Monday, January 14, 2008

The China Law Center Co-Hosts Workshop on Anti-Corruption Reform

On January 12-13, 2008, the China Law Center co-hosted a workshop on anti-corruption law and policy with Peking University’s Administrative and Constitutional Law Research Center.  The conference, “Constructing Legal Institutions for Anti-Corruption,” brought together top scholars, policymakers, judges and prosecutors to debate institutional and legal reforms to help address China’s enormous corruption problem.

Susan Rose-Ackerman, the Henry R. Luce Professor of Jurisprudence at Yale Law School, led a delegation of U.S. experts, which also included Nancy Boswell, president of Transparency International-USA; Peter Clark, a former senior Department of Justice lawyer and partner of Cadwalader, Wickersham & Taft; Professor Alasdair Roberts of Syracuse University; and Professor Melanie Manion of the University of Wisconsin-Madison.  The workshop was organized by Center deputy director Jeffrey Prescott and fellow Zhen Liu, along with other staff.

In the two-day discussion, participants focused on institutional and legal solutions for anti-corruption reform, drawing on China’s recent experience and efforts in the United States, Hong Kong,Singapore, and Taiwan.  The frank and sometimes heated discussion included issues of transparency, the need for institutional independence, administrative and regulatory reforms, the role of the media, and other reforms which might help check or prevent corruption.China's recent twenty-five years have been marked by rapid economic growth and enormous changes in society; however, various forms of corruption — including graft, embezzlement, bribery, and outright theft — have remained a serious problem.  Many experts believe corruption is intensifying, despite high-profile efforts to crack down on the problem.

Professor Rose-Ackerman highlighted the danger of failing to address corruption, even in the context of rapid economic growth, noting corruption’s contribution to economic inequality.  For this reason in part, many scholars in China believe that corruption needs to be addressed in a fundamental way, and the ruling Chinese Communist Party has publicly acknowledged that corruption may “threaten its survival.”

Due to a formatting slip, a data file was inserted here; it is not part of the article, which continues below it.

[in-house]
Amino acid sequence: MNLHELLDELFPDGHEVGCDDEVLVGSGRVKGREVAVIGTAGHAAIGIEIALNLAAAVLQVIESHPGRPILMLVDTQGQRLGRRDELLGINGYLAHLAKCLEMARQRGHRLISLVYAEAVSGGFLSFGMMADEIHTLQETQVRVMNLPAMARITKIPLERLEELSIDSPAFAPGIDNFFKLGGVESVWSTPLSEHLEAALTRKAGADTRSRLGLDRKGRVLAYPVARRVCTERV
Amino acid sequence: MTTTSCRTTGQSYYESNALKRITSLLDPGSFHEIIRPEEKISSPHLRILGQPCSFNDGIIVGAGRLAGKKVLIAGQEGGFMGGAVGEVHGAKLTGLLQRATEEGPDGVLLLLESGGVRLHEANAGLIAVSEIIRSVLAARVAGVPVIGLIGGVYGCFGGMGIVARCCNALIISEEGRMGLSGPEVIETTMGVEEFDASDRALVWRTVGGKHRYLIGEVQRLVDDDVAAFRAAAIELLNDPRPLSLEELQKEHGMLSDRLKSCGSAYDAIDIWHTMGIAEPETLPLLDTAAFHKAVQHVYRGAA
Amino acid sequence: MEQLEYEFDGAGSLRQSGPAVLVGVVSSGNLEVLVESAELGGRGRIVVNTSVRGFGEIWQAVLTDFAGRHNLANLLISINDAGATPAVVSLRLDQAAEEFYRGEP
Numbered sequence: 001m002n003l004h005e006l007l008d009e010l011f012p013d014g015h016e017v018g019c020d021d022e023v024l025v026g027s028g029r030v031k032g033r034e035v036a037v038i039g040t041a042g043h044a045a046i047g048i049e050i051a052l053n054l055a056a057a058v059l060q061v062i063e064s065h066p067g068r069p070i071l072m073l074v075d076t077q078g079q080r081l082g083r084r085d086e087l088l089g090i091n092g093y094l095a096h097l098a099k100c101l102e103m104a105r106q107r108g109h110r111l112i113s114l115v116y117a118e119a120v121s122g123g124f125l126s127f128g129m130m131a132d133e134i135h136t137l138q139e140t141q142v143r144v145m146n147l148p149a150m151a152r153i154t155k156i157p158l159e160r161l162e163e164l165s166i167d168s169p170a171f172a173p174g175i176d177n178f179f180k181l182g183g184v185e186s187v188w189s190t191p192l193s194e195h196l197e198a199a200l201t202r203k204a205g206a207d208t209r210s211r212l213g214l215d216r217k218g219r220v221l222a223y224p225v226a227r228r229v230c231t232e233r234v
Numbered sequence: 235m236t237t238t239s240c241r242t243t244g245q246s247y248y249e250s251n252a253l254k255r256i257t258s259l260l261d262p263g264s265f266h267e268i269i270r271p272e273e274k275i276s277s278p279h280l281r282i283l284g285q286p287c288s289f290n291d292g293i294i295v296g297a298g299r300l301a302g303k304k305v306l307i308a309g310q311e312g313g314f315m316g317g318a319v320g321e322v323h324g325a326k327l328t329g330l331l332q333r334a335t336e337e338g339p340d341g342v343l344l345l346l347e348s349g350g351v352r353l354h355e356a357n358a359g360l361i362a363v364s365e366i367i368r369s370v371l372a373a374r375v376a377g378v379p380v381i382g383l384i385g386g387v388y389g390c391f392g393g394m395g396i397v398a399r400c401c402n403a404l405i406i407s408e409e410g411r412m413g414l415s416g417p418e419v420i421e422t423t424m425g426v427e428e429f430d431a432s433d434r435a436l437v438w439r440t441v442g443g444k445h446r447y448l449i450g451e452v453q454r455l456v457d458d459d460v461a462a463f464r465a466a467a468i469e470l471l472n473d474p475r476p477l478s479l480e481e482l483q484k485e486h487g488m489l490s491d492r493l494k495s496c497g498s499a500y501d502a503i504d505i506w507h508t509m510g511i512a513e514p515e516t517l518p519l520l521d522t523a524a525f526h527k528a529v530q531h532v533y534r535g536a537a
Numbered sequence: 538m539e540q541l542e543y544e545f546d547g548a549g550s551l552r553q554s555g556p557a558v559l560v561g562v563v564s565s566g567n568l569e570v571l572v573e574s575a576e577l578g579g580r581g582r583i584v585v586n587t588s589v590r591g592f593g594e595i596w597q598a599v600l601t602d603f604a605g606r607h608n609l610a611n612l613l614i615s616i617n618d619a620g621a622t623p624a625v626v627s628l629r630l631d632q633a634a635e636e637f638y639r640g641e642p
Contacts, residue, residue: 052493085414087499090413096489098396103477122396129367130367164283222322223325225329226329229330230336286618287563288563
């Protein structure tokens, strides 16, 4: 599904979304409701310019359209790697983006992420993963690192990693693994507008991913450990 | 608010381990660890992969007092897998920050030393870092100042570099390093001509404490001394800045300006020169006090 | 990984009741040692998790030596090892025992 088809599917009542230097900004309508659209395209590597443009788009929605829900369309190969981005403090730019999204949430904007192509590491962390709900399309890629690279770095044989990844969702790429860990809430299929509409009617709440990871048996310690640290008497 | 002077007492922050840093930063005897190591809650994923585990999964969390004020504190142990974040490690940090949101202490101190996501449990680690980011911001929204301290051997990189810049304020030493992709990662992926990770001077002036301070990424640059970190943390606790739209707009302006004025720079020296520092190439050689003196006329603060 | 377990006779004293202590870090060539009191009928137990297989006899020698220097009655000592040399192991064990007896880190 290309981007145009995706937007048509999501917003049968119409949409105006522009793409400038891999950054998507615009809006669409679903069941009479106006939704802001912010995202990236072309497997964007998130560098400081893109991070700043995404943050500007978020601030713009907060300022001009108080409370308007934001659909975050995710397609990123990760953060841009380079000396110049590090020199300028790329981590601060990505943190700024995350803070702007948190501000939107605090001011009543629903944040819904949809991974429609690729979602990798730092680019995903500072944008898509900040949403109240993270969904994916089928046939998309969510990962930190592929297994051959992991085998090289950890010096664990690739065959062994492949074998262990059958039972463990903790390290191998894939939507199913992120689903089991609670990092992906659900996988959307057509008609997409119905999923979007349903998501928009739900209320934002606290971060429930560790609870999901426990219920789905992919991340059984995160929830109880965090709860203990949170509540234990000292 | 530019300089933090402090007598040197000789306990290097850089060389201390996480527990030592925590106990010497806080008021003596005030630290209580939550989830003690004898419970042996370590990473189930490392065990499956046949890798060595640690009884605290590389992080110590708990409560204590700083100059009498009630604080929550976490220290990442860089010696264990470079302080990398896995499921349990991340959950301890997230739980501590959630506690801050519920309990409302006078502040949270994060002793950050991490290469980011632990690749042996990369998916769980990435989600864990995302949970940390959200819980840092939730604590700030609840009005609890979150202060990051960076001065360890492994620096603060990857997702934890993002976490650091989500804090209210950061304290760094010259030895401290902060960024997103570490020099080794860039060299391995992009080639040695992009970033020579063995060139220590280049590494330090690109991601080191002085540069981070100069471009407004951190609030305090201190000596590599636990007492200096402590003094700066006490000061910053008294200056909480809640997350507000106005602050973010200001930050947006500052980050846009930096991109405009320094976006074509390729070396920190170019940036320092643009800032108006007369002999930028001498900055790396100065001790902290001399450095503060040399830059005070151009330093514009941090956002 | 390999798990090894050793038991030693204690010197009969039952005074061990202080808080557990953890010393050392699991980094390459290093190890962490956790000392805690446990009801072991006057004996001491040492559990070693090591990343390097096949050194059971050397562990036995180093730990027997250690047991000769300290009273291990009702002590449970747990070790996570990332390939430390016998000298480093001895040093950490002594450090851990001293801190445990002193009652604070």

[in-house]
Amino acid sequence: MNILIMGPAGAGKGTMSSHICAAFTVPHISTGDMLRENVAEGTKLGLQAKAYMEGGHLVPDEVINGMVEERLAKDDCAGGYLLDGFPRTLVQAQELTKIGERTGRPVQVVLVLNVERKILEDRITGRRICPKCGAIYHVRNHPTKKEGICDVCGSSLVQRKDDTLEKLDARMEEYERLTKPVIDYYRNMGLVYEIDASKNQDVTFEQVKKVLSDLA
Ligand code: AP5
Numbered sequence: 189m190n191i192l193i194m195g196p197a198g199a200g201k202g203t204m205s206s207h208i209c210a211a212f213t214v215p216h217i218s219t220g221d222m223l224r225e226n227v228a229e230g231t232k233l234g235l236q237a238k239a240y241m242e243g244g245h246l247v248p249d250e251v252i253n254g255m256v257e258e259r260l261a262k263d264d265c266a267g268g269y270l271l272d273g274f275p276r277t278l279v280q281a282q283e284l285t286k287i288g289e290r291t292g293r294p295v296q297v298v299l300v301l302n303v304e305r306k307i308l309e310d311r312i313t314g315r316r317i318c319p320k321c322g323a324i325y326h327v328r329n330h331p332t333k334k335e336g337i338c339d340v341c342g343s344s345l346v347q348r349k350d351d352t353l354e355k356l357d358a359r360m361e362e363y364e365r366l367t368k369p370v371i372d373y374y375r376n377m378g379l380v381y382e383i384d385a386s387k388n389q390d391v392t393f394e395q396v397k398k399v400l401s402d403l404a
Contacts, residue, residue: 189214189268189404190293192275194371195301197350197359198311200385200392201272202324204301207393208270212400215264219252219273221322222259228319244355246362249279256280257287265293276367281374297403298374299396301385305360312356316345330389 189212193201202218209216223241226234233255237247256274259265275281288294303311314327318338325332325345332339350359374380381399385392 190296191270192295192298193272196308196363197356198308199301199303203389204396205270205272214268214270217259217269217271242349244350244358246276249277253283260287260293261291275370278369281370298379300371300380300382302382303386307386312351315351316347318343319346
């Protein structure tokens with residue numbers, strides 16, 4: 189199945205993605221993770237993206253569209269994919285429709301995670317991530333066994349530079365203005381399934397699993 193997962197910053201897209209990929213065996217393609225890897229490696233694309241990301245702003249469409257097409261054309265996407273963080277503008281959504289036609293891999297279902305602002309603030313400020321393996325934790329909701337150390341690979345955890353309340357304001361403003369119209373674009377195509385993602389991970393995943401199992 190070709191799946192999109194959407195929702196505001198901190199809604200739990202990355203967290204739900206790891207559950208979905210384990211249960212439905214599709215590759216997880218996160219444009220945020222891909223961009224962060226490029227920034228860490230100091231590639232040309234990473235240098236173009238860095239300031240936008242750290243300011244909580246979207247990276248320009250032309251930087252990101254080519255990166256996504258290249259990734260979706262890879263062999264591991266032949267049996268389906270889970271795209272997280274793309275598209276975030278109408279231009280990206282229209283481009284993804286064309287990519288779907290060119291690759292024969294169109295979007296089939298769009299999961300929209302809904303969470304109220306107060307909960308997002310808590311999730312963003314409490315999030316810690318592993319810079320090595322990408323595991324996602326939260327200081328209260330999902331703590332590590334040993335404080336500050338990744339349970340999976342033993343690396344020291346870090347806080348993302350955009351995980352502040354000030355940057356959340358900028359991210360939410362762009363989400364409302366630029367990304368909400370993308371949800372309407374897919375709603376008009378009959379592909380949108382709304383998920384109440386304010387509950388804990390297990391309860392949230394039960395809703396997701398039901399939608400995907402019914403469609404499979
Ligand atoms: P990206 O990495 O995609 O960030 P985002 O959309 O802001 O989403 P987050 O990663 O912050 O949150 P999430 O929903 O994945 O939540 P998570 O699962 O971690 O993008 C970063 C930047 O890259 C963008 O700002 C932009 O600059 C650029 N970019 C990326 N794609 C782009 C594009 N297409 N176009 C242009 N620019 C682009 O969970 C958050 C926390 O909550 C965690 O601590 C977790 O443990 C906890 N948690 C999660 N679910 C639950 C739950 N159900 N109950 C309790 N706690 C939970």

The workshop sessions focused on institutional reforms that, if adopted, might help stem or prevent corruption.  The discussion focused on international experience which might help reform efforts in China, and also included a frank debate of the challenges to serious reform.  In addition to China’s leading legal and political scholars, the workshop also included officials from the China’s national legislature, the Supreme People’s Court and the Supreme People’s Procuratorate, the State Council, and a new National Corruption Prevention Bureau.

The conference was reported widely in the Chinese press.  One particular focal point was a discussion of proposals in China to require the reporting and disclosure of assets of senior officials and their family members as a transparency-enhancing ethics measure.  Peter Clark spoke about the widespread U.S. experience with these regulations, and recent articles in the Chinese press have continued to debate the issue.

A volume of papers from the conference are expected to be published by Peking University later this year.  For Chinese coverage of the workshop, see Beijing News, Southern Weekend, and China Court.